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Net Working Capital Efficiencies & Impact on Value

By Joe Skorczewski
TopicValuation

Net Working Capital Efficiencies & Impact on Value

Equity Value – What Drives Growth?

Companies often attempt to increase value through improved cash flow from additional revenue generation, margin improvements, or reductions to capital spending. However, many firms overlook the potentially significant impact working capital improvements can have on equity value. Projected cash flows can benefit significantly from decreasing the average number of days the receivables are outstanding by making changes to the company’s collection patterns and procedures.

For example, let’s analyze a hypothetical company that generates gross revenue of $80.0 million, net revenue of $68.0 million, and EBITDA margin of 10.0% ($6.8 million). Let’s say the company’s “as-is” equity value is $45.0 million.

We then pose the following question: Which of the following improvements would increase the company’s equity value the most?

  1. An increase in the company’s projected sustainable net revenue by 16.4%, from $68.0 million to $79.2 million, with no change to the EBITDA profit margin into perpetuity[1]
  2. An increase in the company’s projected sustainable EBITDA margin by 110 basis points into perpetuity (i.e., enhance profit margin by 11.0%, for example going from a 10.0% profit margin to an 11.1% profit margin) [2]
  3. An improvement in the management of the company’s net working capital balances by decreasing the days in sales outstanding (“DSO”) from 100 days to 70 days into perpetuity[3]

Trick question! All of the above have an $8.0 million impact on equity value.

Normalized Net Working Capital Balances

A company can have either positive or negative normalized net working capital balances.

A company with large accounts receivable or inventory balances would typically have a positive normalized net working capital balance (think manufacturing, professional services, distributors, or retailers). This type of company has to invest cash into their net working capital balances if their revenue is growing.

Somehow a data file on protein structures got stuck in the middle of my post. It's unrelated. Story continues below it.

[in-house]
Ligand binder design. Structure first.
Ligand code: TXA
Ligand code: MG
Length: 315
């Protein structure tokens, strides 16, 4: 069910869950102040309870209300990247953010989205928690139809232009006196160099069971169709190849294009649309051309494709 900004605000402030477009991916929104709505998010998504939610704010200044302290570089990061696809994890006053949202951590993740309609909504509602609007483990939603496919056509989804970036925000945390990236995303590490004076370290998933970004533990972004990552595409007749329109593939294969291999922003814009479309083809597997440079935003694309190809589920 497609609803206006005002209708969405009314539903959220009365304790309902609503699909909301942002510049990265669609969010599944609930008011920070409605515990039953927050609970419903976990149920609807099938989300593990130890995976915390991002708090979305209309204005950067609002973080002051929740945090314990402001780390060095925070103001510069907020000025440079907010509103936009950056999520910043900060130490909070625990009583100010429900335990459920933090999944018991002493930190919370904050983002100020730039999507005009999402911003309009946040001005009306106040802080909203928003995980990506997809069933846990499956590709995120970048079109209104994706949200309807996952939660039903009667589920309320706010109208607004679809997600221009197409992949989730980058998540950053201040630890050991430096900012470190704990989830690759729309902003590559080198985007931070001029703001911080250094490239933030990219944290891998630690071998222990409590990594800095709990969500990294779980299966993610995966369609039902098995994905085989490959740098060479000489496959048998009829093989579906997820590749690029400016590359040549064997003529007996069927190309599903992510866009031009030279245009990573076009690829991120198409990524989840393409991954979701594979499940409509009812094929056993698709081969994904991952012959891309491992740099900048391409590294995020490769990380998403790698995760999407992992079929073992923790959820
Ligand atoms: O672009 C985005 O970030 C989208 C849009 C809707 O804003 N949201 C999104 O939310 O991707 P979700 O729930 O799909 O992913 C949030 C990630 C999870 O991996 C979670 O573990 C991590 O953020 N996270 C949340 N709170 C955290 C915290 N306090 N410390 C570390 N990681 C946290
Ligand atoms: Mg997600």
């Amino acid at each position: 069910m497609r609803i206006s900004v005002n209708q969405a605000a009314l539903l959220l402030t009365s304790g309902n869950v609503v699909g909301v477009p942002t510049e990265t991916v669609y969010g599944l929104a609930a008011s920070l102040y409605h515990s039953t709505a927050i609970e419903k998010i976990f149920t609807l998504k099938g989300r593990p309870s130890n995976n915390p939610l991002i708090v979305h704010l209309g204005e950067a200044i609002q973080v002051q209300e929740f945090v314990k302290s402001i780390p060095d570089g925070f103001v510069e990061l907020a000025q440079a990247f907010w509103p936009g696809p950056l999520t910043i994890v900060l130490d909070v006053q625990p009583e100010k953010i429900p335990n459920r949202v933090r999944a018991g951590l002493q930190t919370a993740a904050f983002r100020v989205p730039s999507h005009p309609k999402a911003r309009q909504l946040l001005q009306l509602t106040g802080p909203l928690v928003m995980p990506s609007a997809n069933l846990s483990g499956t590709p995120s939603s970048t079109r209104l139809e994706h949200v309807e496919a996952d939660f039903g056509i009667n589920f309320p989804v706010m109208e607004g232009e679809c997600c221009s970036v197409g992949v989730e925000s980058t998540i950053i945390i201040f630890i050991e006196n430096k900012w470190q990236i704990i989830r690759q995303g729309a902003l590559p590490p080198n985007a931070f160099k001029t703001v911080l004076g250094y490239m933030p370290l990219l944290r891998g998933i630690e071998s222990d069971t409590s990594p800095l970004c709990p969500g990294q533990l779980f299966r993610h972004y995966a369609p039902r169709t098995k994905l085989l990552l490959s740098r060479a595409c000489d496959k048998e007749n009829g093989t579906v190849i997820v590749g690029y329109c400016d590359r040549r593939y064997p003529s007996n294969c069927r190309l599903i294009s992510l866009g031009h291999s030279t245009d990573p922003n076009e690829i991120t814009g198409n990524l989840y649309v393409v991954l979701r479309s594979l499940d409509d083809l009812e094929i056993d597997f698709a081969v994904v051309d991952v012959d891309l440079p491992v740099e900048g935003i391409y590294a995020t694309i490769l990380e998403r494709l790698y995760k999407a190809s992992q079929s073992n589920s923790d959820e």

Alternatively, a company with high deferred revenue balances would typically have a negative normalized net working capital balance (think SAAS/subscription companies, airlines, hotels). This type of company does not need capital for growth and actually generates cash from its net working capital balances if their revenue is growing.

All other things being equal, it is more “expensive” for a company with a positive normalized net working capital balance to grow than it is for a company with a negative normalized net working capital balance. However, a company with a positive normalized net working capital balance can decrease this “cost of growth” by decreasing the days that receivables are outstanding. By doing this, the company will receive cash faster, which would increase the company’s enterprise and equity value.

More specifically, there are two effects on the company’s equity value: (i) a point-in-time effect on the balance sheet (net working capital valuation adjustment) and (ii) impact on future cash flows.

The impact on the company’s point-in-time value is illustrated below:

If the company were to have a normalized net working capital balance based on 70 DSO, the company would have a net working capital surplus of $6.6 million.

The impact on the company’s future cash flows is illustrated below (our example is employing the discounted cash flow methodology, with a terminal multiple assumption):

As shown above, it “costs” more to grow the company if DSO is 100 versus 70.

The net impact of both effects are shown below:

In the hypothetical case above, if the company were to decrease the average days their receivables are outstanding from 100 to 70, the company’s equity value would increase by over 17.7%!

Using AI or sending invoice reminders regularly to your clients to encourage speedier collections across your organization is a simple yet effective way to increase your company’s value.


[1] $8.0 million impact on equity value

[2] $8.0 million impact on equity value

[3] $8.0 million impact on equity value

Joe Skorczewski

Joe Skorczewski

“Focusing my career on the AE industry has afforded me the opportunity to dive deep on both value drivers and challenges that firms face. Leveraging knowledge from past experiences combined with Chartwell’s array of expertise, we can put together a team of experts to tackle any situation."

Meet Joe


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